Knox Park adventure playground scores regional award

Murwillumbah’s popular Knox Park adventure playground is in the running for a national award, after receiving regional recognition at prestigious industry awards.

The playground took out a Regional Award for Excellence in the ‘Playspace: Minor (less than $500,000)’ category at the Parks & Leisure Australia Awards for Excellence, competing against other projects from across NSW and the ACT.

The judges said the project had converted an area with little local appeal into a popular destination for children and families to get together and have fun.  “It’s a great park that provides for a wide range of users.  The project has improved public safety and subsequently increased its use,” the judges said.

“It’s an excellent combination of fixed equipment, natural environment and shade provision.”

The Knox Park project will now go on to compete for the national award at the Parks & Leisure Australia National Conference being held in Adelaide in October.

TSC Landscape Architect, Ian Bentley (centre)
Photo: Tweed Shire Council’s Landscape Architect, Ian Bentley (centre) accepts the regional award for the Knox Park playground from Parks & Leisure Australia NSW/ACT President, Les Munn (left) and Cricket NSW’s Manager State Infrastructure & Government Relations, Anthony Brooks

The adventure playground has been extremely popular with children and families since its completion in October last year. It was installed in the existing Peace Walk, to take advantage of the shade of existing trees and reinvigorate that section of the park.

The playground was designed to engage children in imaginative play that interacts with the natural surroundings.

It forms part of a $1.2 million youth precinct at the central Murwillumbah park, which also now features a plaza-style skate park and scooter precinct, an adventure playground with cutting-edge design features, as well as facilities for basketball, handball, soccer and netball.

The overall youth precinct was funded through a $500,000 Regional Development Australia grant from the Federal Government, $250,000 from the Murwillumbah Lions Club and $500,000 from Council.

Courtesy: Tweed Shire Council Newsroom
Friday 27 May, 2016
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See also: Big Volcano Visitor Guide / Volcano Towns / Murwillumbah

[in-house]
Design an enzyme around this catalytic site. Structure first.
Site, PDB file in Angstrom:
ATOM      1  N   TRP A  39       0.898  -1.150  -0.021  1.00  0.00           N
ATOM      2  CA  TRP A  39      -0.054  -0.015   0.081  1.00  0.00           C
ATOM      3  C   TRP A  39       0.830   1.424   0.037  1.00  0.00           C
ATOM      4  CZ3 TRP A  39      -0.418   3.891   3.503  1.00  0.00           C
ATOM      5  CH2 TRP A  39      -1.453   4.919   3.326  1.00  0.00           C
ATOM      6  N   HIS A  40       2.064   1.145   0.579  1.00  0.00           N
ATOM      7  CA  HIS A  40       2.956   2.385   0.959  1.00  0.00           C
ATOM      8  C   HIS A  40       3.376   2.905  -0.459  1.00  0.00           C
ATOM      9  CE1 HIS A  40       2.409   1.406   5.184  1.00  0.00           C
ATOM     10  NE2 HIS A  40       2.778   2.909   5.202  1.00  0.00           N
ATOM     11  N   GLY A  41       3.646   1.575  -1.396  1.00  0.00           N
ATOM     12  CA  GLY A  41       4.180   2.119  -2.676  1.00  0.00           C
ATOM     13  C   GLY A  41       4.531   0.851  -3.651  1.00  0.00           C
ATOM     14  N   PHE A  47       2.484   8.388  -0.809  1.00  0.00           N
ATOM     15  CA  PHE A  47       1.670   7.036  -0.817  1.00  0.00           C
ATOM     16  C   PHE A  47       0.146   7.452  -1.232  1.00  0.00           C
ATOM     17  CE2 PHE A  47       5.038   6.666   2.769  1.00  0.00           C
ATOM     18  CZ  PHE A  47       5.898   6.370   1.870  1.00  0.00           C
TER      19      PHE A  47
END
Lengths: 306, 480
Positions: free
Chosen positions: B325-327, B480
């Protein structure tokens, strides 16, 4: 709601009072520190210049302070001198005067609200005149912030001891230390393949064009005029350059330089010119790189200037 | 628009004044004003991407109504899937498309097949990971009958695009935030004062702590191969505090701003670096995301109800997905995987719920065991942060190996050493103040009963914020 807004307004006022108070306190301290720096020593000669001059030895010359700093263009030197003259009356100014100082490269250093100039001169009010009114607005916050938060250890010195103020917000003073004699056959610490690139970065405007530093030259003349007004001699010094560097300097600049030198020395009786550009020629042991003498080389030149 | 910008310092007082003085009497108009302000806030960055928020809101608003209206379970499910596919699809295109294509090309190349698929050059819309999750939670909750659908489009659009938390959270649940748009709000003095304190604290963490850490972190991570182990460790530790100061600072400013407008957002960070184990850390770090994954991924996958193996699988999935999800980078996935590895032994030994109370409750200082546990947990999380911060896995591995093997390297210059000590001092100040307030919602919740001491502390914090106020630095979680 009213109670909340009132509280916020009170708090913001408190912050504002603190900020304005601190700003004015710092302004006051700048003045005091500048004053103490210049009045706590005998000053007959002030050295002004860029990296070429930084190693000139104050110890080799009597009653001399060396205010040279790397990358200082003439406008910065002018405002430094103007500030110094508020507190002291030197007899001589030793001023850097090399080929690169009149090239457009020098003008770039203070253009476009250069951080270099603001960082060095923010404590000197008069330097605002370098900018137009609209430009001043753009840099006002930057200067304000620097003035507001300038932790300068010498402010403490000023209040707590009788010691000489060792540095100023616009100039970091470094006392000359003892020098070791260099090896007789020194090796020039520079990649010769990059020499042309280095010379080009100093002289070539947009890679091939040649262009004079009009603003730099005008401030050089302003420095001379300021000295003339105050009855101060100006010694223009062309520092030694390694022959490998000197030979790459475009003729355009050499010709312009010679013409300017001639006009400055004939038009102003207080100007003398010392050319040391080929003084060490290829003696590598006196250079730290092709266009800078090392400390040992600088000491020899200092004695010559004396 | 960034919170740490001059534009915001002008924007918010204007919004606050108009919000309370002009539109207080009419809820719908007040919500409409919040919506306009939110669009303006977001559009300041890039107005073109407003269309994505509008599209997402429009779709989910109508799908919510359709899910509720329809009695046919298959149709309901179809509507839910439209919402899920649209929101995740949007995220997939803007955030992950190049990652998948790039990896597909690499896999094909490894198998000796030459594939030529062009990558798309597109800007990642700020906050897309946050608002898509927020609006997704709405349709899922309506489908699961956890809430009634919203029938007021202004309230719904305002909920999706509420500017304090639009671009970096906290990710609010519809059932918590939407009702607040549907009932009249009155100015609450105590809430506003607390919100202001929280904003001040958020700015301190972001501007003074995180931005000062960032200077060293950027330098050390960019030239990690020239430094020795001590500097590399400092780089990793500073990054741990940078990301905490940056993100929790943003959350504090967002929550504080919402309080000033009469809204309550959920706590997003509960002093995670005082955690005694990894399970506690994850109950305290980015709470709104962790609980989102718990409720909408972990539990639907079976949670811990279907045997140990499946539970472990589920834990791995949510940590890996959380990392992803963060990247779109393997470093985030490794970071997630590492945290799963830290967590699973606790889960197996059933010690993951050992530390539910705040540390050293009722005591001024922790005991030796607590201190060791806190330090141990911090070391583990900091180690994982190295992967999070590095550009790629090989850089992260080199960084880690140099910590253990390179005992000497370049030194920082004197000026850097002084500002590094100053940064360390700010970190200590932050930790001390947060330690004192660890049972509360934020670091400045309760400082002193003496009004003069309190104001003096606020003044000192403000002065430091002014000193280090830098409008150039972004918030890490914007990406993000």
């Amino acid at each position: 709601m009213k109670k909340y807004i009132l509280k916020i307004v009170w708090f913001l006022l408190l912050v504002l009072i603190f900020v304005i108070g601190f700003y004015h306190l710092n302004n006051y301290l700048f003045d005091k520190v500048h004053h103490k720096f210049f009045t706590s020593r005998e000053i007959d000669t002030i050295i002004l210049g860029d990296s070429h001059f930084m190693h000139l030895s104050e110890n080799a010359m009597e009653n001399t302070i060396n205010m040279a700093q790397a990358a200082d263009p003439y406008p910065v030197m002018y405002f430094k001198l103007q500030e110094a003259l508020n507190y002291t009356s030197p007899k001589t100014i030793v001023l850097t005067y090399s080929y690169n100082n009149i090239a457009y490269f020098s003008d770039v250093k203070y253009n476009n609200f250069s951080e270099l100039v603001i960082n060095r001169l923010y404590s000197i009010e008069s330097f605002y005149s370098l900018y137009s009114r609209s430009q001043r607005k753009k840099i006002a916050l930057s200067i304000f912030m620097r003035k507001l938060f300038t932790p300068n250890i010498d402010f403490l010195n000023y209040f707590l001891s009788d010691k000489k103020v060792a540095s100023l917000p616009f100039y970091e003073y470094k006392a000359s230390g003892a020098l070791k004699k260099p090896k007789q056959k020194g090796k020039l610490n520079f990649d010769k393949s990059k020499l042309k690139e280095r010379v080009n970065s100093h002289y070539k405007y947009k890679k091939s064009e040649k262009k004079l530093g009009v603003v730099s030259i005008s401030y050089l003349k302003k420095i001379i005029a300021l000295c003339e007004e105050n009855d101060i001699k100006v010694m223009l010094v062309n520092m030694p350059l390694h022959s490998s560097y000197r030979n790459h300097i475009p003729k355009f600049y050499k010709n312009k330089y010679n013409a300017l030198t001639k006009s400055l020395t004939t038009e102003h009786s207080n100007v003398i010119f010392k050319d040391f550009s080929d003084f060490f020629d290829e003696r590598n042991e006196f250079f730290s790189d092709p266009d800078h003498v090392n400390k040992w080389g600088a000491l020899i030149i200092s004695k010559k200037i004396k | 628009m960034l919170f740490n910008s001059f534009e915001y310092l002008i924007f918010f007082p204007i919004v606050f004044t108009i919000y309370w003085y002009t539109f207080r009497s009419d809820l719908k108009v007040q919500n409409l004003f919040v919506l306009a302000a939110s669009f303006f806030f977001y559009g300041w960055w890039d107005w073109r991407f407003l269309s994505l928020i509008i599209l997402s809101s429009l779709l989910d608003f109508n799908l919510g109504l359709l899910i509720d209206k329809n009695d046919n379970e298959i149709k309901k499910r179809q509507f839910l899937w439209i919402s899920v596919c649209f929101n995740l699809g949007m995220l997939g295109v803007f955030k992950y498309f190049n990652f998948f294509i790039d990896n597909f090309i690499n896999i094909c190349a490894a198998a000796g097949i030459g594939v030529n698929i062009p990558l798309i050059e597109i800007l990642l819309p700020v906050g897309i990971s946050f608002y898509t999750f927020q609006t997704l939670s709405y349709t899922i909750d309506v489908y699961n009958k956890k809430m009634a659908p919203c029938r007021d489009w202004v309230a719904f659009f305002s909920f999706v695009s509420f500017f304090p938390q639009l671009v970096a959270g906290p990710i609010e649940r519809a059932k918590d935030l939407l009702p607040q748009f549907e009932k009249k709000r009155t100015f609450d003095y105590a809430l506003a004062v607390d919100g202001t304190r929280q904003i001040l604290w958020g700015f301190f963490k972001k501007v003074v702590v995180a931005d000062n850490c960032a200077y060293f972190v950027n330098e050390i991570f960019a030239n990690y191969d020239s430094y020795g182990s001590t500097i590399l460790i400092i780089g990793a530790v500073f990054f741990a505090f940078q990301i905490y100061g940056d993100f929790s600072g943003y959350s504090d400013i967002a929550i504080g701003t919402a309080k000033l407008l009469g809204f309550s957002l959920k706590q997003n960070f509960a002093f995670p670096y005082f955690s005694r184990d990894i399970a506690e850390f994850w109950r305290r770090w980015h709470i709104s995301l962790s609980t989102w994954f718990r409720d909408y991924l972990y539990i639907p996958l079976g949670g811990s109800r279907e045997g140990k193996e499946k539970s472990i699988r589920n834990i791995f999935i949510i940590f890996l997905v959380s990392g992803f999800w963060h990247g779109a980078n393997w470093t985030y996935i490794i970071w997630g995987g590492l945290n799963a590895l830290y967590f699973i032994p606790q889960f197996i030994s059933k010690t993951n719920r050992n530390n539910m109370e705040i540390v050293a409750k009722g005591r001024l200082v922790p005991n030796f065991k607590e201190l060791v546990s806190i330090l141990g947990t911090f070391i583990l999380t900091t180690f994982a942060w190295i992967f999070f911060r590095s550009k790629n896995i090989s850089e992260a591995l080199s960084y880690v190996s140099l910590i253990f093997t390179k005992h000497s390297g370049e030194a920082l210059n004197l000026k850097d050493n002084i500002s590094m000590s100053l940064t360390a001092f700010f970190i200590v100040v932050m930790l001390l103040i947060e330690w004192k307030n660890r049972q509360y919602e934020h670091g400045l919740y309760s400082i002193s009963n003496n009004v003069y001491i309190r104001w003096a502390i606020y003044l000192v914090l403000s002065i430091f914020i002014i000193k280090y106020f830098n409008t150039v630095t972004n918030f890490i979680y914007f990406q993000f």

New playground open for adventure at Tweed Heads

Ray Pascoe Park marks milestone for playground replacement program

A brand new playground is now open at Ray Pascoe Park in Tweed Heads, marking a milestone for Council’s playground rationalisation and replacement program.

The $70,000 upgrade to the facility, located on Kennedy Drive, includes an adventure play structure with slides, a climbing wall, track rider, double swing, carousel and an interactive play structure.

RayPascoePark_083821_640w

Photo caption: Mia and Ella Hrenek have given their stamp of approval to the brand new playground at Ray Pascoe Park, Tweed Heads.

Resident Jerry Hrenek said his daughters Mia (5) and Ella (2) tried out the new playground and was pleased that the equipment was suited to both younger and older children.

“The playground is safe and in a beautiful spot, and because of the mulch the kids don’t hurt themselves if they fall over,” Mr Hrenek said.  “Mia loved the two slippery slides and Ella loved the interactive cafe, which is great for the younger kids; we don’t have anything bad to say about it.”

Council’s Manager – Recreation Services, Stewart Brawley, said Council maintained 82 playgrounds throughout the Shire and had the replacement program in place for when structures could no longer be safely repaired.

Mr Brawley said the budget for playground replacements was limited, making well-used structures a first priority.  “Coastal parks are currently our most heavily-utilised playgrounds,” he said.

“Some of the recent ones installed at Kingscliff or Hastings Point can have over 40 kids on them at any one time, and this calls for other necessities like car parking, barbeques and more amenities.  “It’s a problem we need to deal with, but it just shows how successful and well-used these new parks are.”

Council has undertaken engagement with the community to develop a Shire wide Open Space Strategy, which aims to determine community expectations and use this information to ultimately develop better parks.

For more information on playgrounds in the Tweed Shire visit www.tweed.nsw.gov.au/ParksAndGardens and for more on the Commercial Recreation Activities on Public Open Space draft policy visit http://www.tweed.nsw.gov.au/PublicSpaceCommercial

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Originally released 15/5/15

Courtesy  Tweed Shire Council Newsroom

See also Big Volcano Amusements, Cinemas & Indoor Entertainment guide and Big Volcano Natural and Scenic Attractions